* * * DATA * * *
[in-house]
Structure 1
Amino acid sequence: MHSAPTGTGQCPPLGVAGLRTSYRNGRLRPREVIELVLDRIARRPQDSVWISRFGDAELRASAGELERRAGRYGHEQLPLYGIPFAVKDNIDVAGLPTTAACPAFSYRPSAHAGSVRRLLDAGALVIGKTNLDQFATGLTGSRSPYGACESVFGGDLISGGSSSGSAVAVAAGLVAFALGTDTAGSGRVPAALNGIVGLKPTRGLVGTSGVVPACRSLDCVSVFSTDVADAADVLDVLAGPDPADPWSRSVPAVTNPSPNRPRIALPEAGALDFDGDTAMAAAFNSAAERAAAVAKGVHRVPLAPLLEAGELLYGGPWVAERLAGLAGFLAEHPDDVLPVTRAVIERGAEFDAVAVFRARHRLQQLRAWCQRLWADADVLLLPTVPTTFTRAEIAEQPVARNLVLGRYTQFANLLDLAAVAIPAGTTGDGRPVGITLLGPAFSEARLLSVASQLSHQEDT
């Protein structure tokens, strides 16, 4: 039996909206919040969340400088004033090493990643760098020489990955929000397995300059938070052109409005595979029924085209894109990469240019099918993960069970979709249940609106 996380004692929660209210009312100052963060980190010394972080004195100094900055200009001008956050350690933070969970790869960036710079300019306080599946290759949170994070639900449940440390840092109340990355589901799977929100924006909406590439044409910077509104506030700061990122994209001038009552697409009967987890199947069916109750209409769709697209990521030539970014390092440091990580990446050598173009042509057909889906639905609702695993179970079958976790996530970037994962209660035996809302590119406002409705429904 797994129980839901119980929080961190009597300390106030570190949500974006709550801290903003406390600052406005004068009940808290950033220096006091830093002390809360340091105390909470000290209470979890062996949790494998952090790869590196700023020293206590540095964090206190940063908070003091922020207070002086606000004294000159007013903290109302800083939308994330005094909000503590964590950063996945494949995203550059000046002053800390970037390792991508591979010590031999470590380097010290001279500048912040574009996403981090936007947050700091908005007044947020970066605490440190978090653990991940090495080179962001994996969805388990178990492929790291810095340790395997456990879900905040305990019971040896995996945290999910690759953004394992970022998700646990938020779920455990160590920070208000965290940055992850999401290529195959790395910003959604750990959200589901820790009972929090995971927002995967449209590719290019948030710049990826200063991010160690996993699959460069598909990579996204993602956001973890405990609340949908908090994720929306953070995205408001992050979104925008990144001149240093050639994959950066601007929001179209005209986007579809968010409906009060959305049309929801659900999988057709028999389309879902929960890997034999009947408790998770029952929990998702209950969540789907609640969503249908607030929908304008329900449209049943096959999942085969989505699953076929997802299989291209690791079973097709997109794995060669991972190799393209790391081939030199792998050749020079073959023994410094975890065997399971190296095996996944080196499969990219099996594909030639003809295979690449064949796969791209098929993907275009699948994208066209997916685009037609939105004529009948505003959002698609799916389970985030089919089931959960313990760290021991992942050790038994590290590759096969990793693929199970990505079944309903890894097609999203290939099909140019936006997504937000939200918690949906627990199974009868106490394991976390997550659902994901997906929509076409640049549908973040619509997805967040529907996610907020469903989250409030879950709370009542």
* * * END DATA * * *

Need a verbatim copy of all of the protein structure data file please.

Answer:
[in-house]
Structure 1
Amino acid sequence: MHSAPTGTGQCPPLGVAGLRTSYRNGRLRPREVIELVLDRIARRPQDSVWISRFGDAELRASAGELERRAGRYGHEQLPLYGIPFAVKDNIDVAGLPTTAACPAFSYRPSAHAGSVRRLLDAGALVIGKTNLDQFATGLTGSRSPYGACESVFGGDLISGGSSSGSAVAVAAGLVAFALGTDTAGSGRVPAALNGIVGLKPTRGLVGTSGVVPACRSLDCVSVFSTDVADAADVLDVLAGPDPADPWSRSVPAVTNPSPNRPRIALPEAGALDFDGDTAMAAAFNSAAERAAAVAKGVHRVPLAPLLEAGELLYGGPWVAERLAGLAGFLAEHPDDVLPVTRAVIERGAEFDAVAVFRARHRLQQLRAWCQRLWADADVLLLPTVPTTFTRAEIAEQPVARNLVLGRYTQFANLLDLAAVAIPAGTTGDGRPVGITLLGPAFSEARLLSVASQLSHQEDT
């Protein structure tokens, strides 16, 4: 039996909206919040969340400088004033090493990643760098020489990955929000397995300059938070052109409005595979029924085209894109990469240019099918993960069970979709249940609106 996380004692929660209210009312100052963060980190010394972080004195100094900055200009001008956050350690933070969970790869960036710079300019306080599946290759949170994070639900449940440390840092109340990355589901799977929100924006909406590439044409910077509104506030700061990122994209001038009552697409009967987890199947069916109750209409769709697209990521030539970014390092440091990580990446050598173009042509057909889906639905609702695993179970079958976790996530970037994962209660035996809302590119406002409705429904 797994129980839901119980929080961190009597300390106030570190949500974006709550801290903003406390600052406005004068009940808290950033220096006091830093002390809360340091105390909470000290209470979890062996949790494998952090790869590196700023020293206590540095964090206190940063908070003091922020207070002086606000004294000159007013903290109302800083939308994330005094909000503590964590950063996945494949995203550059000046002053800390970037390792991508591979010590031999470590380097010290001279500048912040574009996403981090936007947050700091908005007044947020970066605490440190978090653990991940090495080179962001994996969805388990178990492929790291810095340790395997456990879900905040305990019971040896995996945290999910690759953004394992970022998700646990938020779920455990160590920070208000965290940055992850999401290529195959790395910003959604750990959200589901820790009972929090995971927002995967449209590719290019948030710049990826200063991010160690996993699959460069598909990579996204993602956001973890405990609340949908908090994720929306953070995205408001992050979104925008990144001149240093050639994959950066601007929001179209005209986007579809968010409906009060959305049309929801659900999988057709028999389309879902929960890997034999009947408790998770029952929990998702209950969540789907609640969503249908607030929908304008329900449209049943096959999942085969989505699953076929997802299989291209690791079973097709997109794995060669991972190799393209790391081939030199792998050749020079073959023994410094975890065997399971190296095996996944080196499969990219099996594909030639003809295979690449064949796969791209098929993907275009699948994208066209997916685009037609939105004529009948505003959002698609799916389970985030089919089931959960313990760290021991992942050790038994590290590759096969990793693929199970990505079944309903890894097609999203290939099909140019936006997504937000939200918690949906627990199974009868106490394991976390997550659902994901997906929509076409640049549908973040619509997805967040529907996610907020469903989250409030879950709370009542």